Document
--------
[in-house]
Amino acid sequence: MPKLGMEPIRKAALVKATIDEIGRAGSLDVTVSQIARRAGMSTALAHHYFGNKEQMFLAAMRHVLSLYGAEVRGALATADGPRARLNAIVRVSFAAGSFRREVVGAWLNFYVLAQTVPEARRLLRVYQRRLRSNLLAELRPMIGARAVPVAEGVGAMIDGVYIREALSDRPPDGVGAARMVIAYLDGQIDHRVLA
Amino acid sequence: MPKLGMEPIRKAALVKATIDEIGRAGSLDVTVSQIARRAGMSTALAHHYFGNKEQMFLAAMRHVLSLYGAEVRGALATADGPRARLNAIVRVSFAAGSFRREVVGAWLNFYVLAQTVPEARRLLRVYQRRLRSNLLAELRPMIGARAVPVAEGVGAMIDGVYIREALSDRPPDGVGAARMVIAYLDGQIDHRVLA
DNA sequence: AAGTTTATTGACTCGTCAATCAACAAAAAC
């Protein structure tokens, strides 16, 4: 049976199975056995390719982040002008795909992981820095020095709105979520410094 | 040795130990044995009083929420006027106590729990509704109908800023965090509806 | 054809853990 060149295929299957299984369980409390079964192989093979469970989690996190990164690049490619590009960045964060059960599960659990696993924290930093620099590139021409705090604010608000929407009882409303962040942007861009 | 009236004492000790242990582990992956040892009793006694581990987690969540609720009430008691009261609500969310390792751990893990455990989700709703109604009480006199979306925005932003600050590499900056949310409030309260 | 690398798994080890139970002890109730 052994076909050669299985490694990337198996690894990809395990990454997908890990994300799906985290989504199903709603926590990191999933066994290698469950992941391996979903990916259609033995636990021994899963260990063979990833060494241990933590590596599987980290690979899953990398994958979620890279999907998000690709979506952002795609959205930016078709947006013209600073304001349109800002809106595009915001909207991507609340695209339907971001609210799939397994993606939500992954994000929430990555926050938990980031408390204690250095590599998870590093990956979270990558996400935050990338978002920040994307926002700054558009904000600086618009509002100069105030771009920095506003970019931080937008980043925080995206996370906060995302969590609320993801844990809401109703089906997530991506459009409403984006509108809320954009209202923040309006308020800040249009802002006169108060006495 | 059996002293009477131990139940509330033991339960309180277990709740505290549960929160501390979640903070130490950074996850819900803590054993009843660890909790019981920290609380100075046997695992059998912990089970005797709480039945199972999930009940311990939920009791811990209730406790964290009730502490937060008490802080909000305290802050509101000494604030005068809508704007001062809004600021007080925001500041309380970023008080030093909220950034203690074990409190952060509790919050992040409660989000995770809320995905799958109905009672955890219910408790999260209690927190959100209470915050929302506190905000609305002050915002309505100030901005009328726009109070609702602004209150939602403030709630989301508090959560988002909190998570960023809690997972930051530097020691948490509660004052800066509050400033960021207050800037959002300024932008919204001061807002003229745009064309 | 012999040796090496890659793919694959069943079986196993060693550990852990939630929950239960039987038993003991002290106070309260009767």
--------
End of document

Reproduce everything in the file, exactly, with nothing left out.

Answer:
[in-house]
Amino acid sequence: MPKLGMEPIRKAALVKATIDEIGRAGSLDVTVSQIARRAGMSTALAHHYFGNKEQMFLAAMRHVLSLYGAEVRGALATADGPRARLNAIVRVSFAAGSFRREVVGAWLNFYVLAQTVPEARRLLRVYQRRLRSNLLAELRPMIGARAVPVAEGVGAMIDGVYIREALSDRPPDGVGAARMVIAYLDGQIDHRVLA
Amino acid sequence: MPKLGMEPIRKAALVKATIDEIGRAGSLDVTVSQIARRAGMSTALAHHYFGNKEQMFLAAMRHVLSLYGAEVRGALATADGPRARLNAIVRVSFAAGSFRREVVGAWLNFYVLAQTVPEARRLLRVYQRRLRSNLLAELRPMIGARAVPVAEGVGAMIDGVYIREALSDRPPDGVGAARMVIAYLDGQIDHRVLA
DNA sequence: AAGTTTATTGACTCGTCAATCAACAAAAAC
């Protein structure tokens, strides 16, 4: 049976199975056995390719982040002008795909992981820095020095709105979520410094 | 040795130990044995009083929420006027106590729990509704109908800023965090509806 | 054809853990 060149295929299957299984369980409390079964192989093979469970989690996190990164690049490619590009960045964060059960599960659990696993924290930093620099590139021409705090604010608000929407009882409303962040942007861009 | 009236004492000790242990582990992956040892009793006694581990987690969540609720009430008691009261609500969310390792751990893990455990989700709703109604009480006199979306925005932003600050590499900056949310409030309260 | 690398798994080890139970002890109730 052994076909050669299985490694990337198996690894990809395990990454997908890990994300799906985290989504199903709603926590990191999933066994290698469950992941391996979903990916259609033995636990021994899963260990063979990833060494241990933590590596599987980290690979899953990398994958979620890279999907998000690709979506952002795609959205930016078709947006013209600073304001349109800002809106595009915001909207991507609340695209339907971001609210799939397994993606939500992954994000929430990555926050938990980031408390204690250095590599998870590093990956979270990558996400935050990338978002920040994307926002700054558009904000600086618009509002100069105030771009920095506003970019931080937008980043925080995206996370906060995302969590609320993801844990809401109703089906997530991506459009409403984006509108809320954009209202923040309006308020800040249009802002006169108060006495 | 059996002293009477131990139940509330033991339960309180277990709740505290549960929160501390979640903070130490950074996850819900803590054993009843660890909790019981920290609380100075046997695992059998912990089970005797709480039945199972999930009940311990939920009791811990209730406790964290009730502490937060008490802080909000305290802050509101000494604030005068809508704007001062809004600021007080925001500041309380970023008080030093909220950034203690074990409190952060509790919050992040409660989000995770809320995905799958109905009672955890219910408790999260209690927190959100209470915050929302506190905000609305002050915002309505100030901005009328726009109070609702602004209150939602403030709630989301508090959560988002909190998570960023809690997972930051530097020691948490509660004052800066509050400033960021207050800037959002300024932008919204001061807002003229745009064309 | 012999040796090496890659793919694959069943079986196993060693550990852990939630929950239960039987038993003991002290106070309260009767």